Ukrainian citizens are using personal drones to spy on Russian troops

“I know many examples where it saved the life of our Ukrainian people.”

Ukraine’s drone community is rallying behind its military, donating their consumer drones to the fight against the Russian invasion.

“Why are we doing this? We have no other choice. This is our land, our home,” Denys Sushko, head of operations at Kyiv-based drone manufactuer DroneUA, told AP News.

The need: Consumer drones don’t carry weapons, but most do come with camera systems and some are even equipped with night vision or heat-sensing tech — that can make them useful for military reconnaissance.

“Drones are a great tool for getting real-time data.”

Denys Sushko

Choice clips of drone footage — like this one depicting the aftermath of Russia’s attack on Borodyanka — can also help Ukraine rally support from the world outside its borders.

“[Drone] video can be sent viral across YouTube or Instagram or Twitter — you name it,” ​​P.W. Singer, a political scientist and expert on modern warfare, told AP News. 

The call to action: On February 25 — one day after Russia invaded Ukraine — Ukraine’s Ministry of Defense used a Facebook post to reach out to the nation’s drone community.

“Do you own a drone? Give it to experienced pilots to use!” it wrote. “Do you know how to drive a drone? Join the joint patrol with units 112 of the separate brigade of the city of Kyiv!”

“Kyiv needs you and your drone at this moment of fury!” it added.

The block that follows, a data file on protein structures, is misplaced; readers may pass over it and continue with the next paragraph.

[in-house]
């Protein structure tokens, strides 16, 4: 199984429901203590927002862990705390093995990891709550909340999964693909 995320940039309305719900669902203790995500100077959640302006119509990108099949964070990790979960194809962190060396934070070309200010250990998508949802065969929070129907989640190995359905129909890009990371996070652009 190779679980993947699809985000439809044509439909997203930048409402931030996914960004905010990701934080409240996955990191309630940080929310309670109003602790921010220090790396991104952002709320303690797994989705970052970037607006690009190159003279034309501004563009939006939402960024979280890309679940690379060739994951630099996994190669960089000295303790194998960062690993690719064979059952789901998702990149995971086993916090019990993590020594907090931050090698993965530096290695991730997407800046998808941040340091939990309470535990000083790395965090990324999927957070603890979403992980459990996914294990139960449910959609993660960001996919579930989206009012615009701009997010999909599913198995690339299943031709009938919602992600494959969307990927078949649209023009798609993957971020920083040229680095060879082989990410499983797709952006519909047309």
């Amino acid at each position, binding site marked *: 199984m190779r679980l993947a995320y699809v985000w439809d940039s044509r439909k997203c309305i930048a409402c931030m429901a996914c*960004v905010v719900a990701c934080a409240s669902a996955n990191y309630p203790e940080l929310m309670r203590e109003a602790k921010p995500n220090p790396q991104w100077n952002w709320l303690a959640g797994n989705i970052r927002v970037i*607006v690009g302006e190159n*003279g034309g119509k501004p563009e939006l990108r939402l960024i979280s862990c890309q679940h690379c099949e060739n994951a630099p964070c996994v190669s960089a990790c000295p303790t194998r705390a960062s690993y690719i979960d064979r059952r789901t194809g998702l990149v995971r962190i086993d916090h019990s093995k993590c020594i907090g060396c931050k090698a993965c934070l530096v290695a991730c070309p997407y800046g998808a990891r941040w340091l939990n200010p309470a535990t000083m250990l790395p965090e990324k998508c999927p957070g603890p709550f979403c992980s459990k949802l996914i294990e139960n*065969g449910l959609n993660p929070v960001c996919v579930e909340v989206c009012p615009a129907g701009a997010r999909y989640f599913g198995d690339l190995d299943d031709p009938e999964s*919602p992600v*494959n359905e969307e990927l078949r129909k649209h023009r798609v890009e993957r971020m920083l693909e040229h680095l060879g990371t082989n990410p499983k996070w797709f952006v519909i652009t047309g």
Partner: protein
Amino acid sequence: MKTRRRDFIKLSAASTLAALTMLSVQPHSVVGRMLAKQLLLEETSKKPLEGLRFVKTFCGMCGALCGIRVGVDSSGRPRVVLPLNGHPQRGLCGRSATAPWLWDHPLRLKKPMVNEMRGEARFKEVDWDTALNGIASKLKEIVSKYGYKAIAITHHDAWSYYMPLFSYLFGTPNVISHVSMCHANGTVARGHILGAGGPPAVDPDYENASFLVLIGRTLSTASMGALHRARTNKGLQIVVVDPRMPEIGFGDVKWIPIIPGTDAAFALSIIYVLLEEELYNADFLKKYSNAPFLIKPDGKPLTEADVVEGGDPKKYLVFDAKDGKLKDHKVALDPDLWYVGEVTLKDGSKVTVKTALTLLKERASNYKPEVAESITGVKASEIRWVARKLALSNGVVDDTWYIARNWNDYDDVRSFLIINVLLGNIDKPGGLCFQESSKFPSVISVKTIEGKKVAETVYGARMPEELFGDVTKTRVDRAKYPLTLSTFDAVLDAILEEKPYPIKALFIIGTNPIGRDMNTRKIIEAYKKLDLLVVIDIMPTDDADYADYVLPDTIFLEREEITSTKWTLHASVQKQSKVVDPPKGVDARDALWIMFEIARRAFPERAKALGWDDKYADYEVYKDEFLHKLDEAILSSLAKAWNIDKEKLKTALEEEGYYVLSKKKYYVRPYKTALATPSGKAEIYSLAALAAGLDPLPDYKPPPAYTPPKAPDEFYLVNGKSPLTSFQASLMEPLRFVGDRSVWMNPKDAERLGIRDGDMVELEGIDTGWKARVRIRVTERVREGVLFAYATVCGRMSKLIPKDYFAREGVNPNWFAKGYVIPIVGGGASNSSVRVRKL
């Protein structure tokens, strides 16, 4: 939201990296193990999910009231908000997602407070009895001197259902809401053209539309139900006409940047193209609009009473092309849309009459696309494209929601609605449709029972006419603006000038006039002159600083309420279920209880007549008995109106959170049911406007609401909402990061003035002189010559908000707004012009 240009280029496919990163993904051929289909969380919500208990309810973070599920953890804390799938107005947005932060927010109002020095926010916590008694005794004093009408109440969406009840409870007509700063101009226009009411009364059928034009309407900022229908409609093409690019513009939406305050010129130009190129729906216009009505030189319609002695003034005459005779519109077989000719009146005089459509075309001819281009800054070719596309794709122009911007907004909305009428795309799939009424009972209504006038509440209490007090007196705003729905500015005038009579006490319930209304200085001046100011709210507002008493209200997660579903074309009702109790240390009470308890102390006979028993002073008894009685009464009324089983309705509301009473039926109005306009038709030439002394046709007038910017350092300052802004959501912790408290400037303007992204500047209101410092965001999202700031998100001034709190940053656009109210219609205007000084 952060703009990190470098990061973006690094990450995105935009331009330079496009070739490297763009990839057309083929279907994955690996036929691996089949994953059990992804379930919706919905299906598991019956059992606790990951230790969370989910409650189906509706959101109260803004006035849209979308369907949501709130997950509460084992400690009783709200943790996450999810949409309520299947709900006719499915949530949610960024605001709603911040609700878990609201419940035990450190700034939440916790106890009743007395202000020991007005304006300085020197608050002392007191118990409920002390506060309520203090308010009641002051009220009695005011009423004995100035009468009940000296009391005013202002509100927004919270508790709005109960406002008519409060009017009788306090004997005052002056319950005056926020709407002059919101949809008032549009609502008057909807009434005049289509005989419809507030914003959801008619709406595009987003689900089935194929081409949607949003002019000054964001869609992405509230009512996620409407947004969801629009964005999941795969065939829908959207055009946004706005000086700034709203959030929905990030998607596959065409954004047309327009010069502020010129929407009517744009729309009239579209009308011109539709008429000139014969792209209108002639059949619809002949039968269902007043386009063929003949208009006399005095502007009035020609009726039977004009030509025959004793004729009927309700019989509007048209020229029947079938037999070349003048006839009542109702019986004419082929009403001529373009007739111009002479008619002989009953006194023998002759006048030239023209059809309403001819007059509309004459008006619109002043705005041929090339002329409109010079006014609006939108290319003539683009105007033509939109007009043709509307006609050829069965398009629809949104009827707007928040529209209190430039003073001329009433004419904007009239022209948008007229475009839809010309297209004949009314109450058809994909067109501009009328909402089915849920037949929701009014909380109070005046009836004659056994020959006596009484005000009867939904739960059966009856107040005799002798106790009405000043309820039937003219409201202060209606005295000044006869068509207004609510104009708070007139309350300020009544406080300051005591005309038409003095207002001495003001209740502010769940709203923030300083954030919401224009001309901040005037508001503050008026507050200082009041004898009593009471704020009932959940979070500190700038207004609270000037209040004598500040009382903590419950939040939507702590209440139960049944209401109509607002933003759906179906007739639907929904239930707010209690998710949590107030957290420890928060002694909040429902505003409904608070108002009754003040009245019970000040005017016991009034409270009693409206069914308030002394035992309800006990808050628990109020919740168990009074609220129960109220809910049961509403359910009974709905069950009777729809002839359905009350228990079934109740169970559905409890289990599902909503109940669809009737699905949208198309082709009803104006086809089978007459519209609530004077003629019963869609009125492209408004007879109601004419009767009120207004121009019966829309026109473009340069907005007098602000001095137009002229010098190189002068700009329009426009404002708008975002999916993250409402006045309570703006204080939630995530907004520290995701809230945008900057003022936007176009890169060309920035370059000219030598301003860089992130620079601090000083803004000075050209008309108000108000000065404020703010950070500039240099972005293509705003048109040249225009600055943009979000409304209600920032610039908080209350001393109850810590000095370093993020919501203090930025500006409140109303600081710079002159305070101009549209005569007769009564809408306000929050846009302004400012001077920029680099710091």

The response: It’s hard to say exactly how many Ukranians have volunteered their drones so far, but at least one — Taras Troiak, a businessman who started a drone retailer in Kyiv — has donated approximately 100 drones to the cause.

“Civilian users, military users, everybody just started to use those drones to find some enemies in our country, and it’s helpful,” Troiak told AP News. “And I know many examples where it saved the life of our Ukrainian people.”

The danger: Flying a drone over Ukraine is risky right now — most of the drones in use are made by China’s DJI and include a technology called “AeroScope” that makes it possible to pinpoint the location of a drone’s operator.

“The risk to civilian drone operators inside Ukraine is still great,” Mike Monnik, an Australian drone security expert, told AP News. “Locating the operator’s location could result in directed missile fire, given what we’ve seen in the fighting so far.”

Sushko, who has been lending his drone expertise to the Ukrainian military, said that he and other experts have been teaching civilian operators “tricks” to help them avoid detection.

“We try to use absolutely everything that can help protect our country, and drones are a great tool for getting real-time data,” he said. “Now in Ukraine no one remains indifferent. Everyone does what they can.”

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